How to build your own 10GbE Load Balancer

Overview

As we all know, bandwidth demands are more and more increasing. In December 2019 the world largest IXP, DE-CIX, measured a peak transfer rate of 8.1 Tbit/sec, that has been a new world record.

10GbE networking becomes more and more widespread, the infrastructure components as switches, routers and NICs are now in an affordable price range, even for smaller companies that have limited budget.

But there’s a critical infrastructure component, the load balancer, which obviously needs to follow this trend at the same time.

If you make a quick market analysis trying to determine which 10GbE capable load balancer to buy, you probably will get frustrated among our competitors. Their pricing is far away from being acceptable and any testing data is kept hidden in almost all cases.

The solution: BalanceNG allows you to build your own enterprise class 10GbE load balancer at an unbeatable price/performance ratio. This is what this article is about: It points you to the right direction with no risk of spending any money in vain. Just consider the following: If you decide not to use BalanceNG for whatever reason, the hardware that you selected and may be the 10GbE NICs that you have purchased will never become wasted money. You also don’t need to purchase any licenses within 30 days of your testing.

With over 1000 installations worldwide, BalanceNG is proven technology. The major part is deployed with Telco installations, but also larger hosting companies, satellite operators, medical data centers and even the NASA rely on it.

Hardware Selection

Whether you are planning to use already existing machines or if you are purchasing a new one, there are several guidelines that can be recommended:

  • A good choice is the Intel 10GbE PCIe card family (see Recommended 10GbE NICs). Just make sure that a PCIe slot with 8 lanes (“x8”) is available without restrictions.
  • The latest Supermicro Motherboards with 4 10GbE on board and Intel controllers are also good choice (when purchasing new).
  • Gigabyte has also several motherboards available with Intel X550 controllers (we haven’t tested them yet, data looks perfect).
  • If in doubt, choose either an Intel Xeon or Intel i7/i9 CPU.

When selecting a machine, focus on Intel NICs and the PCIe x8 availability. Select a modern CPU with a minimum of 4 available cores, more are better. Intel Xeon is a good choice, but also Intel Core i7 and i9 CPUs are perfect. Keep in mind that the Xeon family provides ECC RAM support (which the i7/i9 does not). Which Linux distribution you prefer does not matter at all, just operate the system without a graphical frontend.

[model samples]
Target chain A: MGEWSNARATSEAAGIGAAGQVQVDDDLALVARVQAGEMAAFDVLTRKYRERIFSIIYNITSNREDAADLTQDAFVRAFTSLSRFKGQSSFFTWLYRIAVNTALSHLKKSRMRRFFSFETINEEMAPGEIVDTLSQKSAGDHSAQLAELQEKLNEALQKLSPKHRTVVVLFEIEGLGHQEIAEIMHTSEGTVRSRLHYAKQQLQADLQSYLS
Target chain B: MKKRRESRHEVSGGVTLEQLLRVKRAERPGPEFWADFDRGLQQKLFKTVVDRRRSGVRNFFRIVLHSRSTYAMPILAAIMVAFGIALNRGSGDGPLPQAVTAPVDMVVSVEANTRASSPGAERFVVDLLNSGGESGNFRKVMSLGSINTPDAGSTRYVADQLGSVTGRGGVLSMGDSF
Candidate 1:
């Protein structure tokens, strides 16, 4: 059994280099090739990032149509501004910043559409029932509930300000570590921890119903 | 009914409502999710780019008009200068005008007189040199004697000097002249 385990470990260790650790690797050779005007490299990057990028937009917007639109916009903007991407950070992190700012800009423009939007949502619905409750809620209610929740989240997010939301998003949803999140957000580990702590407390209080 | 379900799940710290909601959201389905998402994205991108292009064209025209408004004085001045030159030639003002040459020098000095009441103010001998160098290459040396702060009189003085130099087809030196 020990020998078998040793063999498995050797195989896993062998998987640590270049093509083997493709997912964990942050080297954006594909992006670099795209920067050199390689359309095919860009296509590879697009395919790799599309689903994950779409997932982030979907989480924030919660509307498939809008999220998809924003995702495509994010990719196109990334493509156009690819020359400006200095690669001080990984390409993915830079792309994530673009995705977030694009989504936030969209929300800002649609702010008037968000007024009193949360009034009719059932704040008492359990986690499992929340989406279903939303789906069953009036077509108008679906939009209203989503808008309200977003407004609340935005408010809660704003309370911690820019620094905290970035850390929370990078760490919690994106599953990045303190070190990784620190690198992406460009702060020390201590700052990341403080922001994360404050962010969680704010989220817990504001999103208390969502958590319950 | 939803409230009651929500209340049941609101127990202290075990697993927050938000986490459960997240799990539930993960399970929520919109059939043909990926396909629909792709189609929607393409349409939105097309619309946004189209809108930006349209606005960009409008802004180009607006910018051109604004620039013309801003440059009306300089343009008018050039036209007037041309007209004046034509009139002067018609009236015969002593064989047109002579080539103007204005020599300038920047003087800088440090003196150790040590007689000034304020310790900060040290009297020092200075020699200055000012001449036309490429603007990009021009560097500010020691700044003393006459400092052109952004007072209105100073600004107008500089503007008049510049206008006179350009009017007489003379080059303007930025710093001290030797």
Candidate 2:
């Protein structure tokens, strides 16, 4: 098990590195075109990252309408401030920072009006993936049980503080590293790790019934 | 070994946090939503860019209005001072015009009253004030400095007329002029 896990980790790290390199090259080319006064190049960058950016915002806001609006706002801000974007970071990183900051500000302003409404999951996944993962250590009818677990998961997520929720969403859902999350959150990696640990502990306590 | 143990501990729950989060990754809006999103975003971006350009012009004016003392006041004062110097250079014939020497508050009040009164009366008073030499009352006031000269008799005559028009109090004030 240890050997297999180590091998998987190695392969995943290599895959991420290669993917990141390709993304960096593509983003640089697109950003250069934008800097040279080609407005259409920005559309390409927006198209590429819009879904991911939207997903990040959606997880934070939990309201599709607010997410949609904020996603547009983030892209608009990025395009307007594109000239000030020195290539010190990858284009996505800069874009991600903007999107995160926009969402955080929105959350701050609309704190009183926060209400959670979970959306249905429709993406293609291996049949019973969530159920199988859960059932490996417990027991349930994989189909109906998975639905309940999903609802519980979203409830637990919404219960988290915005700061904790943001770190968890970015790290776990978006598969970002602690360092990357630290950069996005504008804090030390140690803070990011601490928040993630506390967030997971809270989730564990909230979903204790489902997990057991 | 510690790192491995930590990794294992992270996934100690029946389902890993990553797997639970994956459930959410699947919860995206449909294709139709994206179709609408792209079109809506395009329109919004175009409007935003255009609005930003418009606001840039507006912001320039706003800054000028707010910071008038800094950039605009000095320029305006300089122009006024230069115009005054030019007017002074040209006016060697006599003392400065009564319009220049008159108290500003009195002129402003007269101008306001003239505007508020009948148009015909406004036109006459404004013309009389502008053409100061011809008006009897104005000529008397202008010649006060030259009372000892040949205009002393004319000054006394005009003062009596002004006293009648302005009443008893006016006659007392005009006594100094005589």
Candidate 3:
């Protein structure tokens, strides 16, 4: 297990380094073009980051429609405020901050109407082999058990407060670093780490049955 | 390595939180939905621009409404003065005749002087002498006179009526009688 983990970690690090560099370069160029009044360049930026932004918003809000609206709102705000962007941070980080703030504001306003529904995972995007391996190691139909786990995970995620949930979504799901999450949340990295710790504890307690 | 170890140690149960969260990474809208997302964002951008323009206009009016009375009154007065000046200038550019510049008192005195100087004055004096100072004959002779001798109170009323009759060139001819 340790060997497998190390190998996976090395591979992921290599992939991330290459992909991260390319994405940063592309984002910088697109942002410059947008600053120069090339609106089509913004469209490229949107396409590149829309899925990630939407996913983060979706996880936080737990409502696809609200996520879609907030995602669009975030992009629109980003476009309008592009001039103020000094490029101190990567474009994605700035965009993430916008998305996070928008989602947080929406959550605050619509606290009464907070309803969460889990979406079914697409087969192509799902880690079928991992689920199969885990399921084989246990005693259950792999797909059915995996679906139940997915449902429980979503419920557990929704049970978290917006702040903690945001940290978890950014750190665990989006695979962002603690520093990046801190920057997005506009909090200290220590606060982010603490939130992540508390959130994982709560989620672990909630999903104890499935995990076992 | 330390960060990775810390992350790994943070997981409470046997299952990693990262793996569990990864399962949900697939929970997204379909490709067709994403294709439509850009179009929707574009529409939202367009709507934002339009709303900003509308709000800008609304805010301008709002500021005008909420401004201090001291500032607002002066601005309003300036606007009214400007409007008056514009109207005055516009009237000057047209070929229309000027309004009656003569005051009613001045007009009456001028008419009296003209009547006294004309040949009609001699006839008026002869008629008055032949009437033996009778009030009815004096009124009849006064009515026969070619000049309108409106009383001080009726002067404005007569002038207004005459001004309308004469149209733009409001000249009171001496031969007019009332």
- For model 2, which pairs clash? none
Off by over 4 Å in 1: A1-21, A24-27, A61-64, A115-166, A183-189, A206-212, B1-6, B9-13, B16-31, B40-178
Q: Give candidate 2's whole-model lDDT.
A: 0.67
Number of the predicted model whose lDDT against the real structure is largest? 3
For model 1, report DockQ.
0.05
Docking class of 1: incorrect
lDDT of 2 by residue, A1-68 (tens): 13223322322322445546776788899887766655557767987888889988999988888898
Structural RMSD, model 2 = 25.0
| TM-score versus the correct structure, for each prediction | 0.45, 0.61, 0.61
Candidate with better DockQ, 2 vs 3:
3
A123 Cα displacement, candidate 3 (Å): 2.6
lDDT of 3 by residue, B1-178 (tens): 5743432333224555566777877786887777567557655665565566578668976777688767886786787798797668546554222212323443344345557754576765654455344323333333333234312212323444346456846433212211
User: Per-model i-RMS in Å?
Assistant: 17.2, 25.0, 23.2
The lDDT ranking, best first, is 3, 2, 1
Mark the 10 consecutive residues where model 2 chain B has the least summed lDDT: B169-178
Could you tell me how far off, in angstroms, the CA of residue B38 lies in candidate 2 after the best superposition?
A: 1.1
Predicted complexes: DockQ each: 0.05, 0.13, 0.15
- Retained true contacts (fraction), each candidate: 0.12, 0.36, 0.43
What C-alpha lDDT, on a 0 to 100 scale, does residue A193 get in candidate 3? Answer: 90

Testing

When testing your machine, focus on the number of threads started for the packet processing 10GbE interface. You need to find the optimal value for your specific machine. BalanceNG can be configured to run a maximum of 8 processing threads per physical interface. Keep an eye on the cooling airflow inside the case and examine the syslog regarding PCI messages and especially in case of problems.

BalanceNG HA Network Topology for 10GbE Load Balancing

As soon as you are satisfied with your test results, you can now setup an HA BalanceNG configuration with two identical nodes.

  • Stay with a DSR setup. A general dual node DSR application example to adapt is available here.
  • Separate the 10GbE main network traffic from the VRRP and session table synchronisation traffic by operating two networks, one for each purpose. An application example to adapt is available here (just take a look at the network separation and the use of VRRP tracking).
  • Establish session table synchronisation with the bngsync protocol as explained here. By choosing the addresses out of the VRRP network the synchronisation packets are separated from the main 10GbE traffic.

Don’t hesitate to contact at support@inlab.de, even if it is just for double checking your final configuration. Usually we will ask you to provide a BalanceNG snapshot of each of both nodes, this is easily generated with “snapshot /tmp/snapshot.txt” in the “bng control” CLI (for example).